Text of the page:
Growing up in Boston, a city known for its diversity and acceptance of all cultures and identities, it did not always feel like that. I grew up in Puerto Rican home and was raised by the grandmother who only spoke Spanish. I have always been proud of my Puerto Rican nationality and the customs and traditions that come along with it. Growing up however, the only custom I was hesitant about practicing was the language. I did not want to have an accent as I know it would have brought on unwanted attention and bullying. Not actively speaking the language is something I regret to this day; as I had so many years to practice it with my grandmother and be able to prefect the Puerto Rican accent.
In high school, I began to realize how important the Spanish language is to my Puerto Rican identity as I became friends with more Latino people who could speak fluently. In a way, I felt ashamed that I would not contribute fully. I could speak, read, and write the basics and understand it fluently, but I wanted more. I took Spanish in school to gain more knowledge and began to speak to my family in Spanish to practice more and gain more confidence.
While taking my Spanish language exam for my college courses, the department head told me that I passed out of all the grammar language courses and would need to go into the cultural courses, which were all taught in Spanish. At first, I was hesitant but knew this was my opportunity to fully practice and embrace the language while learning about Latin America. I am grateful that my family did not force me or make me feel like an outsider for not wanting to speak Spanish as a child. They let me grow and let me find the importance that the language would have in me.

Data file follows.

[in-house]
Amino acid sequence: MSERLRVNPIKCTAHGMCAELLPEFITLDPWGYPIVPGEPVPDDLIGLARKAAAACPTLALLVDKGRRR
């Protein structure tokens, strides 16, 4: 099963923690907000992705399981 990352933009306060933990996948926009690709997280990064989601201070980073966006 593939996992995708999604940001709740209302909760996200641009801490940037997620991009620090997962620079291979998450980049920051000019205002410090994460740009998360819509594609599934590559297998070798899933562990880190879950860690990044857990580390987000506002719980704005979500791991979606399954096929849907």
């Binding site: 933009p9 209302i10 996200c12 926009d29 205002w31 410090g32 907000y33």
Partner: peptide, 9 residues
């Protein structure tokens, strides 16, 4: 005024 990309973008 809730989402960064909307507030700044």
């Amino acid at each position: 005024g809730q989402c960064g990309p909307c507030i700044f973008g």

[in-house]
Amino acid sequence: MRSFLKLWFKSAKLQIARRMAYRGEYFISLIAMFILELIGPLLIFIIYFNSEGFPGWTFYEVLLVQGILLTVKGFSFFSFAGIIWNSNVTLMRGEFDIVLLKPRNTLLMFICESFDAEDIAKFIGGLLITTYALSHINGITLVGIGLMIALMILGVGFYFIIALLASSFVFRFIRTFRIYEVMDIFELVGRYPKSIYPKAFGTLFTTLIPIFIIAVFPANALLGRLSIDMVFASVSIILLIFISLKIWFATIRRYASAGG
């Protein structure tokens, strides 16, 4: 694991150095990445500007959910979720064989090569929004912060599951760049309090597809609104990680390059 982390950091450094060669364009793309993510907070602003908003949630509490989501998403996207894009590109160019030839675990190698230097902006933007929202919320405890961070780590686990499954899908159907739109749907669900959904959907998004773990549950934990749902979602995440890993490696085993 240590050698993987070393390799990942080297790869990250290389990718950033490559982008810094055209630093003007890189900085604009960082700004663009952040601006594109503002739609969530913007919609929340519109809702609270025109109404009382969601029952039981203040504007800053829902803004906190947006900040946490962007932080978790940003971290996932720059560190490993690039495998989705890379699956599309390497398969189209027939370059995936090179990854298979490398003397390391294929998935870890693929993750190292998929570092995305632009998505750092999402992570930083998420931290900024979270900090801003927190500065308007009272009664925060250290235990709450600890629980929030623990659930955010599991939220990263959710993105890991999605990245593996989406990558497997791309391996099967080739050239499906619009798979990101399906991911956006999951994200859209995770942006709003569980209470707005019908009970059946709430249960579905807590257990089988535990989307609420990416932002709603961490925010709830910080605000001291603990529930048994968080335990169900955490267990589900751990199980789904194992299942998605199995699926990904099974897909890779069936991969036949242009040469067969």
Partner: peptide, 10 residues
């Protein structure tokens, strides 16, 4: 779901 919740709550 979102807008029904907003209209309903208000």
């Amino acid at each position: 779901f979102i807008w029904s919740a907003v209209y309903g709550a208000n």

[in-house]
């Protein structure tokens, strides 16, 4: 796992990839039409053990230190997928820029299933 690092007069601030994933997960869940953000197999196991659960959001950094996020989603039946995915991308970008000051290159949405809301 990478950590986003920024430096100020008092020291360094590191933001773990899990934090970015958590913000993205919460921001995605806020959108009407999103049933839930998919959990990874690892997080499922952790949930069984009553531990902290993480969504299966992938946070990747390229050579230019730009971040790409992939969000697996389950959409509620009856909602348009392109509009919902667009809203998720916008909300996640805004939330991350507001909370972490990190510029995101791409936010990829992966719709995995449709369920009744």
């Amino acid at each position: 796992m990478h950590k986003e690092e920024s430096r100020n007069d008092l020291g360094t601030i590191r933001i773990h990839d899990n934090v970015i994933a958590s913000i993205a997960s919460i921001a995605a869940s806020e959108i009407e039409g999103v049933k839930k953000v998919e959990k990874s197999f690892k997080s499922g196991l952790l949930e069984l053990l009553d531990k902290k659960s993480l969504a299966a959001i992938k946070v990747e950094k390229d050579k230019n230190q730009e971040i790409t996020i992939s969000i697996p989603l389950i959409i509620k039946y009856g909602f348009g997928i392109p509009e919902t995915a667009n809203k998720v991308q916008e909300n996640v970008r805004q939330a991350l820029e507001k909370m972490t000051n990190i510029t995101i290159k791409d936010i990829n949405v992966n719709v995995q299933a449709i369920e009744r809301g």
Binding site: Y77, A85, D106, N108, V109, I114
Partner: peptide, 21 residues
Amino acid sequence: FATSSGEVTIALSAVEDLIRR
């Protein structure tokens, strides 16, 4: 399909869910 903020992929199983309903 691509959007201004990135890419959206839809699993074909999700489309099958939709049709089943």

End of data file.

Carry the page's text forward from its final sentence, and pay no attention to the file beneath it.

Who would have thought these courses would be a critical part of my college experience and start my curiosity into the region. I was one of two students in the Latin American Studies minor at my college and was able to focus my major business courseworkwith the region. I wanted to learn all aspects about Latin America; not just Puerto Rico. I visited Cuba and studied abroad in Chile, and both these experiences challenged the way I see myself and the country I call home. The United States does not have a good reputation in Latin America and that made me embrace my Puerto Rican identity even more.
The person I am today was made by the guidance of Puerto Rican women. The food I love to cook, the desserts I love to bake, and the music I listen to; all come from the influence of the people who raised me. I seek out people who are also ethnic and come from a diverse background just because I know there are some aspects that we can connect to. I am a white Puerto Rican, but by looking at me people can tell I am Latino by my curly hair and olive skin. My name gives me away as Latino and I am so proud of it and its uniqueness. My Spanish, African and Taino ancestors and their struggles and achievements run through me and continue to guide me and all my actions.